What You Should Know About DNR Orders
A Do Not Resuscitate (DNR) order is used to instruct care providers who receive a patient not to perform cardiopulmonary resuscitation (CPR) or various other life-saving procedures to restart a heart or breathing. Examples include external chest compressions, mouth-to-mouth resuscitation, electric shock, heart injections and various other CPR methods.
These orders are typically established by people who are already critically ill, and go along with other medical directives that give care providers instructions for the kind of care a patient does and does not wish to undergo. The idea is that such an order can help the patient avoid prolonged, unnecessary suffering.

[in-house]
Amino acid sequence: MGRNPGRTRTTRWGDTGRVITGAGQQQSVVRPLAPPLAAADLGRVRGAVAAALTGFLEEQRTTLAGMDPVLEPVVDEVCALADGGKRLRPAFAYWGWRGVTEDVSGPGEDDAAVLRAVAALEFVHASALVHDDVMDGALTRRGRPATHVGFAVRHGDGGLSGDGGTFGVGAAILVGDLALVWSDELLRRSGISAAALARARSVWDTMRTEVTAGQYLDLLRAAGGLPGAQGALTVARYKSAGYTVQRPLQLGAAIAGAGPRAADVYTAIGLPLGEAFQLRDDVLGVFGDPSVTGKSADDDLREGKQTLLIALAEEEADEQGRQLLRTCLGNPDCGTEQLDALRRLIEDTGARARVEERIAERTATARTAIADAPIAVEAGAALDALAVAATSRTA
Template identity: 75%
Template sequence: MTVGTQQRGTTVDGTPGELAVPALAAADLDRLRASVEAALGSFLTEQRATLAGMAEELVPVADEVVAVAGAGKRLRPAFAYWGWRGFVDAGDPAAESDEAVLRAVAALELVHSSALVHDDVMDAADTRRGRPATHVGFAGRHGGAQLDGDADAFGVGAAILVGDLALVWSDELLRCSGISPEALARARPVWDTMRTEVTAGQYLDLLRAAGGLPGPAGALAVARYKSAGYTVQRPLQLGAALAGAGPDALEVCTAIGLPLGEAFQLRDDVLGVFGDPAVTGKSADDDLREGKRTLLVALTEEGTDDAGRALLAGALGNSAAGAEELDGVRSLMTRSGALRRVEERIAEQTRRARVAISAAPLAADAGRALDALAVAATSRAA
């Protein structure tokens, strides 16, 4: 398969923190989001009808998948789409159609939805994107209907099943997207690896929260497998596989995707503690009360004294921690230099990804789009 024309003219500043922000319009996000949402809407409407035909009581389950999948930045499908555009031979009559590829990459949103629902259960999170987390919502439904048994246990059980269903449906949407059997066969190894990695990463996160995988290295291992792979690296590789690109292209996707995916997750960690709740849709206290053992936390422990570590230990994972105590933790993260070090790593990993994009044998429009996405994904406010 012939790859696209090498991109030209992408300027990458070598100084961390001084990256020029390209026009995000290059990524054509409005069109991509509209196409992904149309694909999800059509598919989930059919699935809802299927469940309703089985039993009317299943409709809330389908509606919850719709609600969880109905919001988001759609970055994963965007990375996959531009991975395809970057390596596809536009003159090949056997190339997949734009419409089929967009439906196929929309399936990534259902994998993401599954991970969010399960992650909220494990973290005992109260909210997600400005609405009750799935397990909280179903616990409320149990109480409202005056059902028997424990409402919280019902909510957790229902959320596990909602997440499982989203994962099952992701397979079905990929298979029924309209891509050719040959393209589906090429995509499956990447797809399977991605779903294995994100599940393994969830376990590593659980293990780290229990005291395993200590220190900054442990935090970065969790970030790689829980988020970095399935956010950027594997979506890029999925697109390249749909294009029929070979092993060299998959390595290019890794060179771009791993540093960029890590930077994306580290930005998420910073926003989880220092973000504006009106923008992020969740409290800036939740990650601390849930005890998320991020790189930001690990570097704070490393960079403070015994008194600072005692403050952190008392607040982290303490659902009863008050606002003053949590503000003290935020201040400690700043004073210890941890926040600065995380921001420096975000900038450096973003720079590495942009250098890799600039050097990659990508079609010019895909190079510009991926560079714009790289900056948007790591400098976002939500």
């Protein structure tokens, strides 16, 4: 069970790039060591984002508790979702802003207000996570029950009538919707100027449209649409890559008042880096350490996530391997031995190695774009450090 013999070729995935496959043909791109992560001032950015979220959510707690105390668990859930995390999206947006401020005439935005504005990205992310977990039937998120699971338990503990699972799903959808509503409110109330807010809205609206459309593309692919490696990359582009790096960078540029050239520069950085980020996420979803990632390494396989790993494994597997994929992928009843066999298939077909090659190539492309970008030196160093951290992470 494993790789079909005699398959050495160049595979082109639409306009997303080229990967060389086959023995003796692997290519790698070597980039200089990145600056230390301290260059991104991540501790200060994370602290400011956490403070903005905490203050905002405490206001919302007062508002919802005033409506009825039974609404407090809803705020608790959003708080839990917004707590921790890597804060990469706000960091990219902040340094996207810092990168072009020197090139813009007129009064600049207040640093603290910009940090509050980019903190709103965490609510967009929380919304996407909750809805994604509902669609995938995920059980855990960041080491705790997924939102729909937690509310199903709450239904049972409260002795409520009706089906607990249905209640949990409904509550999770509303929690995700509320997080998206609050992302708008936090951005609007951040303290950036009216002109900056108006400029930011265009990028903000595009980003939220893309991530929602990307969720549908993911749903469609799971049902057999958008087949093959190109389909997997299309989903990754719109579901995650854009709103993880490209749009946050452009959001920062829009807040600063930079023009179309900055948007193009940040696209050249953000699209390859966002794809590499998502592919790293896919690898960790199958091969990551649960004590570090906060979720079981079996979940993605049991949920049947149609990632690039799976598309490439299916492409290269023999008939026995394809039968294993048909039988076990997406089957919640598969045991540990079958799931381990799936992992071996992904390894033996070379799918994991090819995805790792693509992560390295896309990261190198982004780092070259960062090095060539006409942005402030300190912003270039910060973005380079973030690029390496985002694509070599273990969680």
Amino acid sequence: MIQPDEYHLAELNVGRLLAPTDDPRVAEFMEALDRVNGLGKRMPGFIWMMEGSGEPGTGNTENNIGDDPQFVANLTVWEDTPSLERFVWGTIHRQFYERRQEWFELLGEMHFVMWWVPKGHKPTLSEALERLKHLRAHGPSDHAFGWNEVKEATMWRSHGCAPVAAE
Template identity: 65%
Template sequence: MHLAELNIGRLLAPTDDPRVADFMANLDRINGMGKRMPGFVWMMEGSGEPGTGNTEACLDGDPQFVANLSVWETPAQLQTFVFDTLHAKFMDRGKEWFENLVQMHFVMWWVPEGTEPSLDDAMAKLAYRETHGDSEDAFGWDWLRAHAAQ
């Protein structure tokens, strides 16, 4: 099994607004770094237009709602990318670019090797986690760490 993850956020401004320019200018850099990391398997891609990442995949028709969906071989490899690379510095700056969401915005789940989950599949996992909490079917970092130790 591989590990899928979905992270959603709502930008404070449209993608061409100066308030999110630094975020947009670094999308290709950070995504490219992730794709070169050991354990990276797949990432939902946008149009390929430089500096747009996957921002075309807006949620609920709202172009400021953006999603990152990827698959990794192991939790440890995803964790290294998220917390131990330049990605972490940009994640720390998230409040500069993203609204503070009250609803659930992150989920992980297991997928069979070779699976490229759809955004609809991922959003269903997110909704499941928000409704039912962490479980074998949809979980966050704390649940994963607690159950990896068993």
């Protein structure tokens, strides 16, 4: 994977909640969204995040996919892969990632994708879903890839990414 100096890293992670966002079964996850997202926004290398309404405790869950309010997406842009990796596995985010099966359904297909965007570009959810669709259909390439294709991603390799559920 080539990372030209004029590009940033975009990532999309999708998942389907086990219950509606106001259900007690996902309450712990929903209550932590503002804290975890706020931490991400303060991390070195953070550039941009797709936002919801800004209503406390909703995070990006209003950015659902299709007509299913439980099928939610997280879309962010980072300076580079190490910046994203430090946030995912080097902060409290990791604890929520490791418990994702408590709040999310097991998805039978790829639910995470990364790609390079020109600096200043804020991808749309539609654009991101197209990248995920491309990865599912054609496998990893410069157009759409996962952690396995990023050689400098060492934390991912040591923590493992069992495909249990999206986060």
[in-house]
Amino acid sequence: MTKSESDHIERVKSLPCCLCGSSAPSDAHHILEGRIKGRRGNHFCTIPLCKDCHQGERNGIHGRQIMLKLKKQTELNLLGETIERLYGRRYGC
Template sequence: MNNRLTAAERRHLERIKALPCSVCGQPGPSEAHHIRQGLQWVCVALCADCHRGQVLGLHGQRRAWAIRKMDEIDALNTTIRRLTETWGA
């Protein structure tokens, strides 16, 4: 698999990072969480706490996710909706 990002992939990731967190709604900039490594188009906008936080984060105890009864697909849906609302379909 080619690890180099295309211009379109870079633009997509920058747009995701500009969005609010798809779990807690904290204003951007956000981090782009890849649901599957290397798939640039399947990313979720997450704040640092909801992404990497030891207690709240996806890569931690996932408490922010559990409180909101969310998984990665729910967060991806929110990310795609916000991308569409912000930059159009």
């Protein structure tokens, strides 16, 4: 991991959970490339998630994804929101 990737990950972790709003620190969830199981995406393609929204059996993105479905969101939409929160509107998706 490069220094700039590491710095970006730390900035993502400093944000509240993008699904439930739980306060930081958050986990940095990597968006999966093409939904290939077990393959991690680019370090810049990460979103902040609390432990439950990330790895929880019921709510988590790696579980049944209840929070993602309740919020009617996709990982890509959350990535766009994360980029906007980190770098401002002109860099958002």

Enacting a DNR
A DNR order is not the same as a health care surrogate designation or living will. While you are in the hospital, you can simply request a DNR be added to your record. In Florida, a DNR order may only be issued by a physician and must be on a prescribed form.
These orders can be prepared by requesting a form from your doctor, hospital or hospice. A DNR order does not stop you from receiving medical care in a hospital. The order only applies to lifesaving measures that would restart your heart or your breathing. Other medical care will still be applied as normal, including antibiotics, pain relief, chemotherapy and other medical treatments.
To learn more about DNR orders and how to implement them, contact an experienced Tampa, FL estate planning lawyer at BaumannKangas Estate Law.